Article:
The nights are closing in with the sun setting around 4:30. Unlike the slowly fading glow of the summer sky, this light does not have the power to illuminate the land as the sun passes behind the horizon. This is a harsh beauty signally the advance of winter. Click on the image for a larger view.
A ghostly Milky Way behind a waxing moon from the summit of Mt. Cadillac in Acadia National Park. The Cranberry Islands and the Gulf of Maine are below. This is the summer Milky Way, which reveals the center of our galaxy. Soon the summer Milky Way will set before the sun, hiding itself until next year. Click on the image for a larger view.
Columbus Day marks a major turning point in history when the culture of the “Old World” met the “New” one. The common narrative is the civilizing force of European culture built a nation from an untamed wilderness. But this invasion was brutal, as most colonization is—Europeans are not the only colonizers in history. Click on the image for a larger view.
Little Moose Island, Acadia National Park. Click on the image for a larger view.
The days are getting noticeably shorter. Where the daylight would last until after nine in the evening, it is now dark by eight. The warmth of summer still remains, but the season is waning. This is near the summit of Little Moose Island looking toward Schoodic peninsular in Acadia National Park. The Anvil, a small hill, can be seen in the distance. The island can accessed at low tide. Click on the image for a larger view.
Small cranberry, Vaccinium oxycoccos, can be found in peat or acidic soils, which gives it its other common name, bog cranberry. This is one of the first plants to colonize burnt bogland and native Americans would burn bogs to stimulate its growth. Like the cultivated cranberry, these are tart. Naturally, this fruit is sought after by wildlife. This plant is on Little Moose Island at the tip of Schoodic peninsular in Acadia National Park. Click on the image for a larger view.
I have a photograph in the MDI Biological Laboratory’s Art Meets Science exhibition that is running from June 20th to September 30th. This is coinciding with the centenary of the founding of Acadia National Park. If you are visiting Mt. Desert Island this summer, stop by this remarkable scientific and educational facility. More on the exhibition and MDI Biological Laboratory can be found here.
Along the rocky coast on Maine, you see cobbles, large weathered stones. These granite cobbles are on a basalt dyke on Little Moose Island. They have obviously been rounded by erosion. And they are big—I doubt I could lift the larger rocks in this image. The amazing thing is that these cobbles did not fall onto this spot—there is no place from which to fall—but rather these were cast out of the sea by the force of the tides, currents, and storm swells. If you are thinking these are near the waterline, you would be mistaken. This ledge is about 5 m or 15 ft. above the water, not far below where this picture was taken. Click on the image for a larger view.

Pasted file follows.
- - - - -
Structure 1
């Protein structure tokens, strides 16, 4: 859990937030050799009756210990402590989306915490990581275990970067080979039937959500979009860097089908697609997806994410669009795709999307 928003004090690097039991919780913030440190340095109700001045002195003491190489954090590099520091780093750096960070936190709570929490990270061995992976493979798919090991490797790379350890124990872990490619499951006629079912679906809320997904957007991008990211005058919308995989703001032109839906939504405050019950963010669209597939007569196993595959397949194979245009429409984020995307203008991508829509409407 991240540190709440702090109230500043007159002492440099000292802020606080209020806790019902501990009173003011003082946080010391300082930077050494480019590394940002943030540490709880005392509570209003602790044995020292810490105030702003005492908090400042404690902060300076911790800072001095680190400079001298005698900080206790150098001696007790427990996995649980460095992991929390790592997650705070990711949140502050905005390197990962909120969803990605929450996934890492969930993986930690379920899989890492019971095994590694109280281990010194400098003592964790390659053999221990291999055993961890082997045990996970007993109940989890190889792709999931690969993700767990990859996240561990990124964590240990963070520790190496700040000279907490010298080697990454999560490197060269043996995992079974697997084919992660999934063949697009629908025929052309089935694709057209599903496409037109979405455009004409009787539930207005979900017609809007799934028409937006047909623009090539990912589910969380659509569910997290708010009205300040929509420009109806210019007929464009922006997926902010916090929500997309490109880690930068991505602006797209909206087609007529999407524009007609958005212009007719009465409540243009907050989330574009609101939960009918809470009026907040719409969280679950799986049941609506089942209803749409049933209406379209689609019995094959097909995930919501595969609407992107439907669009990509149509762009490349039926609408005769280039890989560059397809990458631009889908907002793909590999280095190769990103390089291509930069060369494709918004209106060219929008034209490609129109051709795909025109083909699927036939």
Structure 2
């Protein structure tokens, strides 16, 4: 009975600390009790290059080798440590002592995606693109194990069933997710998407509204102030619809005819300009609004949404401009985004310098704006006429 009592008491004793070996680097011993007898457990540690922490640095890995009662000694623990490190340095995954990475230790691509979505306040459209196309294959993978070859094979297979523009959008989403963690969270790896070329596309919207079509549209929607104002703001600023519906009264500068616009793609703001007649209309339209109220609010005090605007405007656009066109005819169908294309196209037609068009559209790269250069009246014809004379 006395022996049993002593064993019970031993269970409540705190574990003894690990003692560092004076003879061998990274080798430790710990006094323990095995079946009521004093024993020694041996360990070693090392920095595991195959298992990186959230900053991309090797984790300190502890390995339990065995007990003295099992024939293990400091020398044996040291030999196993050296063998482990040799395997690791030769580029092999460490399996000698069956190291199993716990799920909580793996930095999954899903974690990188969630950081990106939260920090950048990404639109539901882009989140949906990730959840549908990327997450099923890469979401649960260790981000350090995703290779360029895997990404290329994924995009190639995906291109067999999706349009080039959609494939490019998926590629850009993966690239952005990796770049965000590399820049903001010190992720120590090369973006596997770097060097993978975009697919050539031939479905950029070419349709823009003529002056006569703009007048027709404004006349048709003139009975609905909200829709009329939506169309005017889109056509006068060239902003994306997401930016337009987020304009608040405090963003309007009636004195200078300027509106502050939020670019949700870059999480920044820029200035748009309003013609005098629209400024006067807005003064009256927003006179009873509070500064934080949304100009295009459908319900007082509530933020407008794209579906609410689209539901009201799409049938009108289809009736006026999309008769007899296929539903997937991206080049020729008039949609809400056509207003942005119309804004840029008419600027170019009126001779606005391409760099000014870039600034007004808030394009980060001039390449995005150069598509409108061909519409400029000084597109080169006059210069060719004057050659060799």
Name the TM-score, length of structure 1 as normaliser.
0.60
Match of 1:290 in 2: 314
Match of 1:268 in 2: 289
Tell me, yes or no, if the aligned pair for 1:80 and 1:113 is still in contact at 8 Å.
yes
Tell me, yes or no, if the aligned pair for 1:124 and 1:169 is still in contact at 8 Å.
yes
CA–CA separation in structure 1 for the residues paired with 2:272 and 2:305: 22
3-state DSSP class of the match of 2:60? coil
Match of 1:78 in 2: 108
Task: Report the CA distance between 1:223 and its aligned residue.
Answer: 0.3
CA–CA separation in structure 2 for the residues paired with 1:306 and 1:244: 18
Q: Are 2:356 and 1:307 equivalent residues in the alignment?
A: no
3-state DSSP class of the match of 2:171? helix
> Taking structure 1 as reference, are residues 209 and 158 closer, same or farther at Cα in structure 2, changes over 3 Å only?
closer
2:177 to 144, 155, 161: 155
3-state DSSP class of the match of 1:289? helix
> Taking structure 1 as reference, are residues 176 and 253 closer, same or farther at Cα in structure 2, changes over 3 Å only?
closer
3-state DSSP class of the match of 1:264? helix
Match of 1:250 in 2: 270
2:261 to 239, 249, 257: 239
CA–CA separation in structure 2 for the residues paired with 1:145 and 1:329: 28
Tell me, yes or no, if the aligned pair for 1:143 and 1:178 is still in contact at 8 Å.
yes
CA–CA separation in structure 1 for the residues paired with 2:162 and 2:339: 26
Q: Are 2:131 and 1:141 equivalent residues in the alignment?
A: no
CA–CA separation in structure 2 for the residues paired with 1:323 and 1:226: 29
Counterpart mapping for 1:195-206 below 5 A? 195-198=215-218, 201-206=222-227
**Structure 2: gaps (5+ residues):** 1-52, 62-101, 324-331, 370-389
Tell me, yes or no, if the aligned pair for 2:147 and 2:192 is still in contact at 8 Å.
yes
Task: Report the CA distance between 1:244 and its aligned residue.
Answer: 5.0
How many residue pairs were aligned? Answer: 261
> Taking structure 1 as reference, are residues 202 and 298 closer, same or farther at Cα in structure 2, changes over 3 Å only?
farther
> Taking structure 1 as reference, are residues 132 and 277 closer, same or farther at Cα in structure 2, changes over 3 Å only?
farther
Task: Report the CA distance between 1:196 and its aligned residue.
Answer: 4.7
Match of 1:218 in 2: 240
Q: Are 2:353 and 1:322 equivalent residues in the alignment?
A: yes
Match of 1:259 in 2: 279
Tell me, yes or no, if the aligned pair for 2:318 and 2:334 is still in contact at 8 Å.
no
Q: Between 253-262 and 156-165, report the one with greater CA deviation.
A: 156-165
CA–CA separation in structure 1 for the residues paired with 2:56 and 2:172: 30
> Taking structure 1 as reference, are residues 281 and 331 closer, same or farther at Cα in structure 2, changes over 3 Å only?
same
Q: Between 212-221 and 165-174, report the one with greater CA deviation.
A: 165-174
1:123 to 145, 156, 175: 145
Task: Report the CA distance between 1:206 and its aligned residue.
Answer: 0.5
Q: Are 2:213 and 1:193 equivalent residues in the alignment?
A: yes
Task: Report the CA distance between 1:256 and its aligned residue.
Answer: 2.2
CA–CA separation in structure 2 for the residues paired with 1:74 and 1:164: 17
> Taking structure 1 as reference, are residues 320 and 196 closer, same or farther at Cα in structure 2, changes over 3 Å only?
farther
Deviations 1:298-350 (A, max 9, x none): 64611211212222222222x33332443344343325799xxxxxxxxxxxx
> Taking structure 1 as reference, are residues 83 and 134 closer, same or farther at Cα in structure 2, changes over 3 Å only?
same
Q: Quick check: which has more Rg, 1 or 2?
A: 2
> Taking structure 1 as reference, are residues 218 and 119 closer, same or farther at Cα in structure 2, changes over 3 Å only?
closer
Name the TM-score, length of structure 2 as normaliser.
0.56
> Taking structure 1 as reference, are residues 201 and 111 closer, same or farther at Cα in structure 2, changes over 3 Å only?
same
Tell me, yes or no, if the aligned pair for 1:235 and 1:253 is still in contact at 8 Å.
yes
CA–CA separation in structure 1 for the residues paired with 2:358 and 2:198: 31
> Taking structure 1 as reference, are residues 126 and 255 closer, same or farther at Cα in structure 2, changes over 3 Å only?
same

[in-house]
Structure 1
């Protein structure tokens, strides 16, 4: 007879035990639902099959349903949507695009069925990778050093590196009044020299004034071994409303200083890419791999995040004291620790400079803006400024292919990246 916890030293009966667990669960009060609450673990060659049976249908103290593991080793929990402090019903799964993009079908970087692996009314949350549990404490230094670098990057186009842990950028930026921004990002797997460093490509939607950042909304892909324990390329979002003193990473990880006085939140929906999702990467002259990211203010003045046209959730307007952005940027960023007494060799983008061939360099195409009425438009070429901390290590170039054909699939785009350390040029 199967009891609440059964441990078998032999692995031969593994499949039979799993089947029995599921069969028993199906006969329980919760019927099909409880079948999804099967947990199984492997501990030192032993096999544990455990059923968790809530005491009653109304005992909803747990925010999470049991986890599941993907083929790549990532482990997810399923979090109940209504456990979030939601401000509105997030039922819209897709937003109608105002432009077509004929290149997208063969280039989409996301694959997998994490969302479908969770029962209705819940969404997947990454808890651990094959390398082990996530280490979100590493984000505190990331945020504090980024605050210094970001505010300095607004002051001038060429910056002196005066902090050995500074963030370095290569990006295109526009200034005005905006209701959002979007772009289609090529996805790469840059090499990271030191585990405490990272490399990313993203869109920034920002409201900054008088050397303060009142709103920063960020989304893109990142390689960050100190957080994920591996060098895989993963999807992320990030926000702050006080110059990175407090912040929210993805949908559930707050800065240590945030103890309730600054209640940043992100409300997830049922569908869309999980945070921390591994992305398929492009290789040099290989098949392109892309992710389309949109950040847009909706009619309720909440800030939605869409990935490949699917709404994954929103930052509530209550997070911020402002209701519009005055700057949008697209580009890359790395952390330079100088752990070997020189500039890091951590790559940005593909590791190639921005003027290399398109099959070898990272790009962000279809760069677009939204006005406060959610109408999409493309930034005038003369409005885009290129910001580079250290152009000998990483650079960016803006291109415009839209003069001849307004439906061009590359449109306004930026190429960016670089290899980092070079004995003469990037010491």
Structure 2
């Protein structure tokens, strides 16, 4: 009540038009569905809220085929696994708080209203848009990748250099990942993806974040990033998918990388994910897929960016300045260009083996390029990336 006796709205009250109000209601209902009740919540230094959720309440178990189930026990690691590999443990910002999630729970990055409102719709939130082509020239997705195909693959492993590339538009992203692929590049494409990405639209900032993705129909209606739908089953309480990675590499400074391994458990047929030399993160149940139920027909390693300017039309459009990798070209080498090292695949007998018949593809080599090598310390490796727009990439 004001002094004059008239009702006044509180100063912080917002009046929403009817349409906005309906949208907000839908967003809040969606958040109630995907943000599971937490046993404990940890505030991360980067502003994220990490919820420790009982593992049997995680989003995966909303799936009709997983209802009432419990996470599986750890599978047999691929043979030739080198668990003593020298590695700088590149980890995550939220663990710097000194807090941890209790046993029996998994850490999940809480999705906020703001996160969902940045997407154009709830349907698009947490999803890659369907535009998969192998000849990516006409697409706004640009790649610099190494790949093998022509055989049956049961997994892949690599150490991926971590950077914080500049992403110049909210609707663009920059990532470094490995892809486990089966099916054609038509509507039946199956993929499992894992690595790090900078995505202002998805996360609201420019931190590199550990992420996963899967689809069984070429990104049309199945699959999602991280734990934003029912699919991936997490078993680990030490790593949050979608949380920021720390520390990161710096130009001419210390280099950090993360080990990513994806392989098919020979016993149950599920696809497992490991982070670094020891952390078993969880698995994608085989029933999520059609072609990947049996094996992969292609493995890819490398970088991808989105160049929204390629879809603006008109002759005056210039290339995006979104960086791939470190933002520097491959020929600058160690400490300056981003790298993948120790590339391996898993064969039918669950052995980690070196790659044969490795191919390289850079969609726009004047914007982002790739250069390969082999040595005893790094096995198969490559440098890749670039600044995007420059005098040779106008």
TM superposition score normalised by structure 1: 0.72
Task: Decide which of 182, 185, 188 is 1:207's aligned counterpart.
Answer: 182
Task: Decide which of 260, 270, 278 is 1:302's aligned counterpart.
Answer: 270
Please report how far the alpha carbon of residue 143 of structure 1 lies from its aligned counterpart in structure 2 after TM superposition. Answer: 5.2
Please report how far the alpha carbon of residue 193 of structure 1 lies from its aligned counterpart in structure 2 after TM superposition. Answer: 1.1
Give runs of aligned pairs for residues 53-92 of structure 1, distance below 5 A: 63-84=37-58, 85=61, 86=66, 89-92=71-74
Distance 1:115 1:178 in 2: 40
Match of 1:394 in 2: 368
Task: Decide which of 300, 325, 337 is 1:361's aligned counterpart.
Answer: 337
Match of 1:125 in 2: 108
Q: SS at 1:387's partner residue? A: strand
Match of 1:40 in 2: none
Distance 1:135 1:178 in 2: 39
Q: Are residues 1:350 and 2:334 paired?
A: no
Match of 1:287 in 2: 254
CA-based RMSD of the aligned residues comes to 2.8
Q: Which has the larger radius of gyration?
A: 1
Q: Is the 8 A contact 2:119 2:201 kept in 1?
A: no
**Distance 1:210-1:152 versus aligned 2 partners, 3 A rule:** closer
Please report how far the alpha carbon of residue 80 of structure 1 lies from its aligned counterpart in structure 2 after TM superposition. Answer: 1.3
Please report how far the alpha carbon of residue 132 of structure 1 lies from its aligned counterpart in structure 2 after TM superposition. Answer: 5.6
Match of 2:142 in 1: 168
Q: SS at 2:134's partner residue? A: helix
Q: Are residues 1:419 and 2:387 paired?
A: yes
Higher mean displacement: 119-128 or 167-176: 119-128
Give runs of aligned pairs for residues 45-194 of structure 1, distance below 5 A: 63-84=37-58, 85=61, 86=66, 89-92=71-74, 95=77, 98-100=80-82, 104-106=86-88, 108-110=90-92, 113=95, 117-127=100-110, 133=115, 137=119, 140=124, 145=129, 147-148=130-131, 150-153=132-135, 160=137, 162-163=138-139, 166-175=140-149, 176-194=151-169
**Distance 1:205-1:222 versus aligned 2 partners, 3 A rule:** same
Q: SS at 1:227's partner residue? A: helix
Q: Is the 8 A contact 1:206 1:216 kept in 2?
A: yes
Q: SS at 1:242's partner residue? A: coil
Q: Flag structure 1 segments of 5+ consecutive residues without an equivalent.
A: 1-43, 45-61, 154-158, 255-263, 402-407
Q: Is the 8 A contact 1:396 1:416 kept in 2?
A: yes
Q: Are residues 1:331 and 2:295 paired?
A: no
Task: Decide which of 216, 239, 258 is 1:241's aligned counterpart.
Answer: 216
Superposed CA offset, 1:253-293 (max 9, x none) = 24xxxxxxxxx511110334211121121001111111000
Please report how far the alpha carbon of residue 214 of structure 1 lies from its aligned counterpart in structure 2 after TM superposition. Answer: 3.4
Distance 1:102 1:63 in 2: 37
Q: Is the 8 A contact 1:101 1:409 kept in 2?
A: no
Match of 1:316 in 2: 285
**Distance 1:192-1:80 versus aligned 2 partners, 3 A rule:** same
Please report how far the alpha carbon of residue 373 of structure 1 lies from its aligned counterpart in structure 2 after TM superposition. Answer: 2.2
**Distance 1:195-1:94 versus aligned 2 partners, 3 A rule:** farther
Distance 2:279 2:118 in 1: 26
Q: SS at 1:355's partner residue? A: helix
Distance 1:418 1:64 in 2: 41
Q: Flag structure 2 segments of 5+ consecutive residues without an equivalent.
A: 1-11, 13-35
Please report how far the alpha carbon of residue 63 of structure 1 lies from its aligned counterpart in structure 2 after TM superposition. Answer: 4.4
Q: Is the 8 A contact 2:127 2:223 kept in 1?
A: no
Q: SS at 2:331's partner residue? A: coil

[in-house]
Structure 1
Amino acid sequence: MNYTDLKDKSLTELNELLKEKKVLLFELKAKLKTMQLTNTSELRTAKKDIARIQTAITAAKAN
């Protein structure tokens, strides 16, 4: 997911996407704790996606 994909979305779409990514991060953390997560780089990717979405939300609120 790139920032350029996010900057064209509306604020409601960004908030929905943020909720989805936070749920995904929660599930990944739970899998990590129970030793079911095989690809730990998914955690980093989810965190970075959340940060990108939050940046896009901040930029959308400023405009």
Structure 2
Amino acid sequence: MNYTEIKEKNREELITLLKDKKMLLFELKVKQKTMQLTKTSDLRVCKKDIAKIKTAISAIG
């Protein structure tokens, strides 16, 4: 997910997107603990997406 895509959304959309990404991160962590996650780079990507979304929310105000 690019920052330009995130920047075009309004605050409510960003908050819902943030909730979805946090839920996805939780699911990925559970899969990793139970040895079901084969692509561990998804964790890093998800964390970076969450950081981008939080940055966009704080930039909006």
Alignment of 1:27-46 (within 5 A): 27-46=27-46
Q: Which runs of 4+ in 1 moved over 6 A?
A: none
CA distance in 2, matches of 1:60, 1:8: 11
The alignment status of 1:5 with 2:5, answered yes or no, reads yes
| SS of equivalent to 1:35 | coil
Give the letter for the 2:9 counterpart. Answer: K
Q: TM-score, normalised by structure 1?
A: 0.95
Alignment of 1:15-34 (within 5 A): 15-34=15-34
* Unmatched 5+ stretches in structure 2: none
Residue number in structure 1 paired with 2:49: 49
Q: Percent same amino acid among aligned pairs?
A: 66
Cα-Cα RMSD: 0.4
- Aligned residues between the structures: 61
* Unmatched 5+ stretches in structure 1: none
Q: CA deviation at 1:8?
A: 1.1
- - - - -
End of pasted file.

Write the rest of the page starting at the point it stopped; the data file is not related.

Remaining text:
Chance, luck, fortune—the building blocks of life. The gods cast the stones and the players fill the gaps. Chaos was the first Greek God. From Chaos, meaning gap or chasm, came Gaia, the Earth. Chaos and beauty seem to be eternally linked. Click on this image of Little Moose Island in Acadia National Park to see a larger version.
Between the warm granite of Schoodic Point are black seams of basalt. Several hundred million years ago, this basalt (technically diabase) flowed through the fractures in the granite bedrock. The dating of these features shows these represent multiple events over time. Click on the image for a larger view.
The rocks at Schoodic Point in Acadia National Park. One of the most interesting things about photography is the ability to present the world in a way that a person could not perceive naturally. When a group of objects are in focus, when they appear sharp, it is usually because they are all the same distance from the observer. That does not need to be true for a camera (no Photoshop gimmick here). Click on the image for a larger view.
Reversing falls are caused when the water level between one water body and the ocean is different at high and low tide. West Pond on Schoodic Peninsula in Acadia National Park has a reversing falls. This image shows low tide where the land on both sides of the falls, the stream in the foreground, would be submerged at high tide. The trees at the left are on Pond Island, which marks the extent of the high tide. Mt. Desert Island is at the horizon. Click on the image for a larger view.
When growing up in England, I was a choirboy. The carols and music seemed to define the season. For me, the songs and images of the night and divinity were powerful. It was only after I left the city and experience dark, star-filled skies that the metaphor took on a reality.
This is the view Naomi and I had when we stopped near Little Hunters Cove in Acadia Nation Park one evening to eat the dinner we had packed. Click on the image for a larger view.
From Sand Beach, Acadia National Park. Click on the image for a larger view.